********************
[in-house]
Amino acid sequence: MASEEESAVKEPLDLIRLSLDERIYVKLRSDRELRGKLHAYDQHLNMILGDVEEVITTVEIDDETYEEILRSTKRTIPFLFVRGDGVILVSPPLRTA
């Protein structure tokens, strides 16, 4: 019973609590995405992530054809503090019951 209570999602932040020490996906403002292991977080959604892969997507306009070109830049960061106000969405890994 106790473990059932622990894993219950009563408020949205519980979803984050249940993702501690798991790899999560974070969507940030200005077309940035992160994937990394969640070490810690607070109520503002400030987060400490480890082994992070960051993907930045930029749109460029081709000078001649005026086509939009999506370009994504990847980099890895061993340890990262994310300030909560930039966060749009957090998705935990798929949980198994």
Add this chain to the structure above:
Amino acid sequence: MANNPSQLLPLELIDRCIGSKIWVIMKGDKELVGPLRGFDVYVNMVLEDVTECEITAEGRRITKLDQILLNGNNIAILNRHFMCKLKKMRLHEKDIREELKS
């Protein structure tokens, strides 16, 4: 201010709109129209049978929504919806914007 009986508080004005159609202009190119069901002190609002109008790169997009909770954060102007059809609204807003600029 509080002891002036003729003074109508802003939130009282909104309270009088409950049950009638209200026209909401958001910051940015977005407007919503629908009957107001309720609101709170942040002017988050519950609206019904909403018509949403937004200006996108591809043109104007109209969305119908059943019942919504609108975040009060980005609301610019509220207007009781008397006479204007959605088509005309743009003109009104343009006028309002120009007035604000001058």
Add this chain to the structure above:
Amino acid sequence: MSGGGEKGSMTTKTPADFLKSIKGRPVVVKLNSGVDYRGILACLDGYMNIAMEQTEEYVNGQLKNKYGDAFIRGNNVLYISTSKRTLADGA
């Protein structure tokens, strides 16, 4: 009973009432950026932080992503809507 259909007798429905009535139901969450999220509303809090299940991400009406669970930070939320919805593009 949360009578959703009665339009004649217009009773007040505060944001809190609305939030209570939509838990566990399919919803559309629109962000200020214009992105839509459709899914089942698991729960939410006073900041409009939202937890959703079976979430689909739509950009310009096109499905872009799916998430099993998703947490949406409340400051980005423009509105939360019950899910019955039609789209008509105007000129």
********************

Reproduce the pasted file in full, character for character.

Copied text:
[in-house]
Amino acid sequence: MASEEESAVKEPLDLIRLSLDERIYVKLRSDRELRGKLHAYDQHLNMILGDVEEVITTVEIDDETYEEILRSTKRTIPFLFVRGDGVILVSPPLRTA
């Protein structure tokens, strides 16, 4: 019973609590995405992530054809503090019951 209570999602932040020490996906403002292991977080959604892969997507306009070109830049960061106000969405890994 106790473990059932622990894993219950009563408020949205519980979803984050249940993702501690798991790899999560974070969507940030200005077309940035992160994937990394969640070490810690607070109520503002400030987060400490480890082994992070960051993907930045930029749109460029081709000078001649005026086509939009999506370009994504990847980099890895061993340890990262994310300030909560930039966060749009957090998705935990798929949980198994």
Add this chain to the structure above:
Amino acid sequence: MANNPSQLLPLELIDRCIGSKIWVIMKGDKELVGPLRGFDVYVNMVLEDVTECEITAEGRRITKLDQILLNGNNIAILNRHFMCKLKKMRLHEKDIREELKS
């Protein structure tokens, strides 16, 4: 201010709109129209049978929504919806914007 009986508080004005159609202009190119069901002190609002109008790169997009909770954060102007059809609204807003600029 509080002891002036003729003074109508802003939130009282909104309270009088409950049950009638209200026209909401958001910051940015977005407007919503629908009957107001309720609101709170942040002017988050519950609206019904909403018509949403937004200006996108591809043109104007109209969305119908059943019942919504609108975040009060980005609301610019509220207007009781008397006479204007959605088509005309743009003109009104343009006028309002120009007035604000001058």
Add this chain to the structure above:
Amino acid sequence: MSGGGEKGSMTTKTPADFLKSIKGRPVVVKLNSGVDYRGILACLDGYMNIAMEQTEEYVNGQLKNKYGDAFIRGNNVLYISTSKRTLADGA
């Protein structure tokens, strides 16, 4: 009973009432950026932080992503809507 259909007798429905009535139901969450999220509303809090299940991400009406669970930070939320919805593009 949360009578959703009665339009004649217009009773007040505060944001809190609305939030209570939509838990566990399919919803559309629109962000200020214009992105839509459709899914089942698991729960939410006073900041409009939202937890959703079976979430689909739509950009310009096109499905872009799916998430099993998703947490949406409340400051980005423009509105939360019950899910019955039609789209008509105007000129």